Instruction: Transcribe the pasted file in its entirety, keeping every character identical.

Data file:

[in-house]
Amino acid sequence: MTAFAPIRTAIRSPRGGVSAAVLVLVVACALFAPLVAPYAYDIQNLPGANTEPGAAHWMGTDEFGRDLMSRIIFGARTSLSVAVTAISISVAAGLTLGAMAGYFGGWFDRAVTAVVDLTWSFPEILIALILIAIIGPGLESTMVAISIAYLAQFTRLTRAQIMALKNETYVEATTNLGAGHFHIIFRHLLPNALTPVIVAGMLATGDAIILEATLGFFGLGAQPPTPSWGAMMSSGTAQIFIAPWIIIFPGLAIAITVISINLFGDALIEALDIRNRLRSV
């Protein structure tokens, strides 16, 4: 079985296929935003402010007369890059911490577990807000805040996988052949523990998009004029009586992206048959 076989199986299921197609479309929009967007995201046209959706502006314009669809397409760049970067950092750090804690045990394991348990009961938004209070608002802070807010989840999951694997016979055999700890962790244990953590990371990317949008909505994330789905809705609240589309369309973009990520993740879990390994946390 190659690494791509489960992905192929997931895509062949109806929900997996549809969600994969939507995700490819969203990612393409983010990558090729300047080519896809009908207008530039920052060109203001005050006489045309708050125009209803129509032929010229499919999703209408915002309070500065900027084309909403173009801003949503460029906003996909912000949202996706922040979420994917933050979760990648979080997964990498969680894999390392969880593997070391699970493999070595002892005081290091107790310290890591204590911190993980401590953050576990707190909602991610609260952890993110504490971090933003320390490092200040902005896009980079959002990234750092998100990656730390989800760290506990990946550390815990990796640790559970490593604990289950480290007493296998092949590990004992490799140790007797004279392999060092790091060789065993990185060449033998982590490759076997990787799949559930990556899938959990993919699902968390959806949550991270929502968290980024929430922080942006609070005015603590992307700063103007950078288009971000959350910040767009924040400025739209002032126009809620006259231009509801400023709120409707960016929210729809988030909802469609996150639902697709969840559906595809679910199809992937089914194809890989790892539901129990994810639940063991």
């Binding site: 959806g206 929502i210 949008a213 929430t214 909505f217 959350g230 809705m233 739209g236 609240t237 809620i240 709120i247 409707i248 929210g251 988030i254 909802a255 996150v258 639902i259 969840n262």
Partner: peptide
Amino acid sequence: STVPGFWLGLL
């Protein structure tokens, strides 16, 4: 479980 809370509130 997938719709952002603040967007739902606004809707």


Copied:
[in-house]
Amino acid sequence: MTAFAPIRTAIRSPRGGVSAAVLVLVVACALFAPLVAPYAYDIQNLPGANTEPGAAHWMGTDEFGRDLMSRIIFGARTSLSVAVTAISISVAAGLTLGAMAGYFGGWFDRAVTAVVDLTWSFPEILIALILIAIIGPGLESTMVAISIAYLAQFTRLTRAQIMALKNETYVEATTNLGAGHFHIIFRHLLPNALTPVIVAGMLATGDAIILEATLGFFGLGAQPPTPSWGAMMSSGTAQIFIAPWIIIFPGLAIAITVISINLFGDALIEALDIRNRLRSV
């Protein structure tokens, strides 16, 4: 079985296929935003402010007369890059911490577990807000805040996988052949523990998009004029009586992206048959 076989199986299921197609479309929009967007995201046209959706502006314009669809397409760049970067950092750090804690045990394991348990009961938004209070608002802070807010989840999951694997016979055999700890962790244990953590990371990317949008909505994330789905809705609240589309369309973009990520993740879990390994946390 190659690494791509489960992905192929997931895509062949109806929900997996549809969600994969939507995700490819969203990612393409983010990558090729300047080519896809009908207008530039920052060109203001005050006489045309708050125009209803129509032929010229499919999703209408915002309070500065900027084309909403173009801003949503460029906003996909912000949202996706922040979420994917933050979760990648979080997964990498969680894999390392969880593997070391699970493999070595002892005081290091107790310290890591204590911190993980401590953050576990707190909602991610609260952890993110504490971090933003320390490092200040902005896009980079959002990234750092998100990656730390989800760290506990990946550390815990990796640790559970490593604990289950480290007493296998092949590990004992490799140790007797004279392999060092790091060789065993990185060449033998982590490759076997990787799949559930990556899938959990993919699902968390959806949550991270929502968290980024929430922080942006609070005015603590992307700063103007950078288009971000959350910040767009924040400025739209002032126009809620006259231009509801400023709120409707960016929210729809988030909802469609996150639902697709969840559906595809679910199809992937089914194809890989790892539901129990994810639940063991």
């Binding site: 959806g206 929502i210 949008a213 929430t214 909505f217 959350g230 809705m233 739209g236 609240t237 809620i240 709120i247 409707i248 929210g251 988030i254 909802a255 996150v258 639902i259 969840n262």
Partner: peptide
Amino acid sequence: STVPGFWLGLL
């Protein structure tokens, strides 16, 4: 479980 809370509130 997938719709952002603040967007739902606004809707």